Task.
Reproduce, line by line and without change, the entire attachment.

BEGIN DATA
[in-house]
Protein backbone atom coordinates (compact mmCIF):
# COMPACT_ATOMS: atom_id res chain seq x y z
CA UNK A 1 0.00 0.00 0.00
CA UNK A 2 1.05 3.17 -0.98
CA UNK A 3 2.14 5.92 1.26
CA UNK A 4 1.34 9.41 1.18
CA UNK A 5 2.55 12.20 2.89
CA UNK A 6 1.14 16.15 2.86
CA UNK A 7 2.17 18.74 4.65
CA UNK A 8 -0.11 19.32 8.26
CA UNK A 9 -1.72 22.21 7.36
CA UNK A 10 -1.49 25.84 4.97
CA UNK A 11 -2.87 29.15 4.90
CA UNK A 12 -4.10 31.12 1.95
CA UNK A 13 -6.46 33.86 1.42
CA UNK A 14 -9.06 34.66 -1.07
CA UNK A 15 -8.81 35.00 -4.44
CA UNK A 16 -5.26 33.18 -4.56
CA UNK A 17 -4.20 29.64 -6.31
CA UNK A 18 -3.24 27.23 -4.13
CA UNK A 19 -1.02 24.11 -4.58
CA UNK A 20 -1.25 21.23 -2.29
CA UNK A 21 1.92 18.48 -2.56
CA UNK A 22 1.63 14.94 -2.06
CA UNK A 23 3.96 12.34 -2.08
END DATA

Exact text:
[in-house]
Protein backbone atom coordinates (compact mmCIF):
# COMPACT_ATOMS: atom_id res chain seq x y z
CA UNK A 1 0.00 0.00 0.00
CA UNK A 2 1.05 3.17 -0.98
CA UNK A 3 2.14 5.92 1.26
CA UNK A 4 1.34 9.41 1.18
CA UNK A 5 2.55 12.20 2.89
CA UNK A 6 1.14 16.15 2.86
CA UNK A 7 2.17 18.74 4.65
CA UNK A 8 -0.11 19.32 8.26
CA UNK A 9 -1.72 22.21 7.36
CA UNK A 10 -1.49 25.84 4.97
CA UNK A 11 -2.87 29.15 4.90
CA UNK A 12 -4.10 31.12 1.95
CA UNK A 13 -6.46 33.86 1.42
CA UNK A 14 -9.06 34.66 -1.07
CA UNK A 15 -8.81 35.00 -4.44
CA UNK A 16 -5.26 33.18 -4.56
CA UNK A 17 -4.20 29.64 -6.31
CA UNK A 18 -3.24 27.23 -4.13
CA UNK A 19 -1.02 24.11 -4.58
CA UNK A 20 -1.25 21.23 -2.29
CA UNK A 21 1.92 18.48 -2.56
CA UNK A 22 1.63 14.94 -2.06
CA UNK A 23 3.96 12.34 -2.08